Calorie Requirements For Your Dog
Calorie Burning 101
In our last post, we discussed the kcal and the difference between basal/resting calories burned and activity fueled calorie burns. Today we will present the basic formulas that are used to estimate calorie requirements for your dog and provide some specific examples as reference points. These formulas and calculations are used as ‘generic’ estimates of required calories and are based on the Waltham Center for Pet Nutrition (WCPN) (http://www.waltham.com/) studies. In the SlimDoggy app, we actually use more precise estimates through time calibration and activity specific estimates (we will discuss these refinements in a future post).
According to the Waltham Research, the daily calorie requirement for an inactive adult dog is equal to:
CR (kcal/day) = 90 x Bodyweight.75
Where CR = daily calorie requirement for a dog
Bodyweight = weight in kgs ~ weight in lbs/2.2
For example, if you had an inactive dog weighing 50 lbs., their CR would be equal to:
90 * (50/2.2).75 = 937 calories per day to maintain their 50 lbs.
In practice, this means that you should feed this dog 937 calories worth of food each day in order to maintain a 50 lb. weight because they will burn about 937 calories per day.
For the adventurous types, the table below from WCPN shows the CR formulas for other categories. Note that the more active is the dog, the higher the multiplication factor is and the higher the CR is accordingly.
Type of Activity
|Daily Calorie Requirement (CR)|
|Inactive/Senior||<3 hr/day||Low||90 * Wtkg .75|
|Typical||<3 hr /day||Mainly Low||110 * Wtkg .75|
|Active||1-3 hr/ day||Mainly High||125 * Wtkg .75|
|Highly Active||3-6 hr/day||High||175 * Wtkg .75|
You may notice from the table that there are some fairly wide ranges for activity duration for a given category of pet and wonder how the CR would be the same. I did. Does a “typical” 50 lb. dog who exercises for 1 hour per day burn the same amount of calories a another typical dog of the same weight who exercises for 10 minutes per day? I think not. The SlimDoggy app makes appropriate adjustments!
Wait! What Weight?
No matter how active your dog is, their weight has a major influence on their daily calorie requirement. The bigger they are, the more calories they require. But what if you want to have your dog lose weight? It’s actually pretty simple. A safe way to figure out how many calories to feed your dog to get them to their desired weight is to use their desired weight in the calorie calculation. An example will help.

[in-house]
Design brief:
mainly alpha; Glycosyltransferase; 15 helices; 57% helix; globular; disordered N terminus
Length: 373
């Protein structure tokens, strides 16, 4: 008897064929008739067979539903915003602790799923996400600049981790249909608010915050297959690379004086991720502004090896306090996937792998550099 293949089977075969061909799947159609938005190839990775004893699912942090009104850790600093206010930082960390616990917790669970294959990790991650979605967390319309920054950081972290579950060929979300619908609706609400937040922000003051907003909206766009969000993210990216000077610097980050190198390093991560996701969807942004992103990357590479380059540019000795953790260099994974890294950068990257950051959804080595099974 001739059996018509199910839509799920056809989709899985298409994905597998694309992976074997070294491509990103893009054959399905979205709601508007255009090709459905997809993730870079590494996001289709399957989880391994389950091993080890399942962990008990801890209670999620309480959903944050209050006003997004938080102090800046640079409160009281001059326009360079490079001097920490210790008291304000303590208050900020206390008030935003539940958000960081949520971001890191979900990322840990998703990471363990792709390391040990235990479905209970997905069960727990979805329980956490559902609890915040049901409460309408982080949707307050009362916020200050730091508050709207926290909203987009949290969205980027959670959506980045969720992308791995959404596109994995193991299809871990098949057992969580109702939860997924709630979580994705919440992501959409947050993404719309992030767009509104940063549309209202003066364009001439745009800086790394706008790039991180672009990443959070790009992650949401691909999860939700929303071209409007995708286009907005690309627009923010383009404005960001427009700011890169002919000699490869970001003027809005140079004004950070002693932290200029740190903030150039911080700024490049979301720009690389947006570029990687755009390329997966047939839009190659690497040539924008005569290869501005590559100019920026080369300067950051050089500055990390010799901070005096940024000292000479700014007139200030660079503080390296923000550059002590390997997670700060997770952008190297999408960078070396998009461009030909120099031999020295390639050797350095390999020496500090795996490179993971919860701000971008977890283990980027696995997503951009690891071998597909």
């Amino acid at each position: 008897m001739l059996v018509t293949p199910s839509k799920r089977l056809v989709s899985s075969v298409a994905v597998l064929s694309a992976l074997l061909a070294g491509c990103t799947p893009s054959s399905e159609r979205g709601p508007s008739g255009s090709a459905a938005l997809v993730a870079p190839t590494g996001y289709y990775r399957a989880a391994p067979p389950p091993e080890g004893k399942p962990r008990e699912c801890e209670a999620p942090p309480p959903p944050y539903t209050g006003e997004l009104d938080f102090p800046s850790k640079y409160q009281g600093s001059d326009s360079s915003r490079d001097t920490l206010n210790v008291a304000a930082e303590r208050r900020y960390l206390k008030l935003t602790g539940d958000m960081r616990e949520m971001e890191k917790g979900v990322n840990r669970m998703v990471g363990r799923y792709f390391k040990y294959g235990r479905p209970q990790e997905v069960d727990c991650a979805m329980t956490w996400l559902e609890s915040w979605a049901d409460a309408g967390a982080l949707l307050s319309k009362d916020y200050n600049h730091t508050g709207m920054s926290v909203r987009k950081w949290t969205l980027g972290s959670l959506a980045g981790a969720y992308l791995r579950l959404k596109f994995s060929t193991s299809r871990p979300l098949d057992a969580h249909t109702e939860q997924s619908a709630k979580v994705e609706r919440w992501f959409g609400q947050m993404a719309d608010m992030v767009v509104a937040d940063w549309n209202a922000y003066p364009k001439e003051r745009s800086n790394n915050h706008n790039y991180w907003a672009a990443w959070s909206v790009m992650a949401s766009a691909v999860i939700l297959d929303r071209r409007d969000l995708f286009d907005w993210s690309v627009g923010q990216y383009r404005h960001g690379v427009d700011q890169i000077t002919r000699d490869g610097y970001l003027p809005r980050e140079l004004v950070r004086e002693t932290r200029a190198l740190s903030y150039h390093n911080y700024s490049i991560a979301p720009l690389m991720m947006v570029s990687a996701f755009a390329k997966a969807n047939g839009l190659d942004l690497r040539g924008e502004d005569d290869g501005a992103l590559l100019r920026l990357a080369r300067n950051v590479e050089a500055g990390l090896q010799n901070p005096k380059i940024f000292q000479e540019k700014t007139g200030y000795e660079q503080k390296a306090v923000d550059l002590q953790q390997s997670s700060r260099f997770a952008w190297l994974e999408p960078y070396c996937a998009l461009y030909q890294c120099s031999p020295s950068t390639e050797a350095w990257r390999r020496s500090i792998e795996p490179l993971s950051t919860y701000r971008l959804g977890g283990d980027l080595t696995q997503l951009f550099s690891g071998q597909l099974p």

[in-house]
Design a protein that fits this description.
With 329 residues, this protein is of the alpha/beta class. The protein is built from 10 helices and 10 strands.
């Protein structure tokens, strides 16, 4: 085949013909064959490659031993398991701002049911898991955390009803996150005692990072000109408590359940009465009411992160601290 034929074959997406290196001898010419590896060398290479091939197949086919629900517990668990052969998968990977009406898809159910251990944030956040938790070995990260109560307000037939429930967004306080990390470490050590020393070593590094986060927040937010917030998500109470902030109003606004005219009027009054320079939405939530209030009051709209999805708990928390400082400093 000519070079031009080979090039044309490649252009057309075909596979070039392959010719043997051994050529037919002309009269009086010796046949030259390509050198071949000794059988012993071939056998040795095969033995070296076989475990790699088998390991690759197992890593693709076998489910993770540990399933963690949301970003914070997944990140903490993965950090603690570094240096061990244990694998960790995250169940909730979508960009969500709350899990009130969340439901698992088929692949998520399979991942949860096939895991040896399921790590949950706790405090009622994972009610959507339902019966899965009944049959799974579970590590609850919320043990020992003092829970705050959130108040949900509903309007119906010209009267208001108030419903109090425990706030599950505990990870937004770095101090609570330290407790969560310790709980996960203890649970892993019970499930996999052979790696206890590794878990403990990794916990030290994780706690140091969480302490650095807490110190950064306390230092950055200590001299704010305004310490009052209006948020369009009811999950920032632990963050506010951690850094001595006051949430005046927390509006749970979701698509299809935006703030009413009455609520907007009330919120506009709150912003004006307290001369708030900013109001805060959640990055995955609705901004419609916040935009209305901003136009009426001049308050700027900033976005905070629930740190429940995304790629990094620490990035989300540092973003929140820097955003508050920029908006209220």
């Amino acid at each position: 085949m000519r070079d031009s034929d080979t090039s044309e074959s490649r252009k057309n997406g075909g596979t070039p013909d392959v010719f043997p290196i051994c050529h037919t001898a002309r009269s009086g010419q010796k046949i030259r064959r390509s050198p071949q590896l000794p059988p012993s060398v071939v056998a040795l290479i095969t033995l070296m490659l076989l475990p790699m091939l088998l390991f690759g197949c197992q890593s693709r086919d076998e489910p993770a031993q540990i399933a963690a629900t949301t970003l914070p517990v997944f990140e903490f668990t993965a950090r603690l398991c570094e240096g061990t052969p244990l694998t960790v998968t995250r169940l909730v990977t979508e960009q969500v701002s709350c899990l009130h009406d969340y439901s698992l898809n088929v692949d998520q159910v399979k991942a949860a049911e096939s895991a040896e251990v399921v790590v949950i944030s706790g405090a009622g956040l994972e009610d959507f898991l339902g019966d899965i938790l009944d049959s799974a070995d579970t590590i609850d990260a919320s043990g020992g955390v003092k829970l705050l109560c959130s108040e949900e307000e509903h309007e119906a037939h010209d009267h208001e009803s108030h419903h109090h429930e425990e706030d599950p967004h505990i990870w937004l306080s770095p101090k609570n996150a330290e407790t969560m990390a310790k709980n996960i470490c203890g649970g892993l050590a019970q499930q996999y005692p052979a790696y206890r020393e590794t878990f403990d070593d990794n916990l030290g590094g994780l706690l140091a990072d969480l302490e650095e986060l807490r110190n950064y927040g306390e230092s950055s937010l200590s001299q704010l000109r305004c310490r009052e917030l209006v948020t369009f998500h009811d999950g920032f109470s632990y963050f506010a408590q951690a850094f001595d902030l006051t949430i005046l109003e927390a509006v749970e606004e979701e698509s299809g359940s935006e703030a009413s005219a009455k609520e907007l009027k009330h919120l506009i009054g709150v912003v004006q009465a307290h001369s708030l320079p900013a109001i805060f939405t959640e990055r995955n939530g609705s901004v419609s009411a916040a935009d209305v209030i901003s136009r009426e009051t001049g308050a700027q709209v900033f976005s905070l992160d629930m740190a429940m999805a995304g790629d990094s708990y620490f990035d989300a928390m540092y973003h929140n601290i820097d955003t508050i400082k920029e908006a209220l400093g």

Let’s say that in our prior example (50 lb. inactive dog), the dog was in fact, 10 lbs. overweight and that they really should be 40 lbs. To get this dog safely to 40 lbs, we would calculate the CR for a 40 lb. dog which is equal to about 790 calories per day. This dog’s owner should strive to feed the dog less than 790 calories per day and/or embark on an exercise schedule to increase the daily calorie burn. Notice that this is almost 150 calories per day less than our prior calculation. Feeding this dog 790 calories per day would gradually lower its weight at a rate of about 1 lb. per 3 weeks. Note-most vets recommend that weight loss is no faster than 2-3% per week maximum.
The same approach applies if you are trying to increase your dog’s weight. We used the App to help our Rescue Maggie gain weight. She was a skinny, undernourished 59 lb. pity when we adopted her and using the Slimdoggy app, we safely built her weight up to 66 lbs and yes, it is all muscle!
There are many other factors that can also impact the number of calories that your dog will burn each day. Below is a partial list (the App uses these to refine the calculations)
- Dogs age (puppies burn a ton of calories!)
- Pregnancy (so do soon-to-be-moms!)
- Certain medical conditions
Sorry for all of the math today, but there was really no way around it. Let us know if you have any questions about it by posting in the comments or using our contact us form. We have a lot more to say about calories including the relative calorie burns for different types of activities.
Reference: Waltham Centre for Pet Nutrition. (1999). Canine life stages/lifestyles. Waltham Course on Dog and Cat Nutrition [On-line]. You can find this paper here: http://www.bearscampnewfs.com/health/Waltham%20Center/Canine%20Life%20Stages-Lifestyles.pdf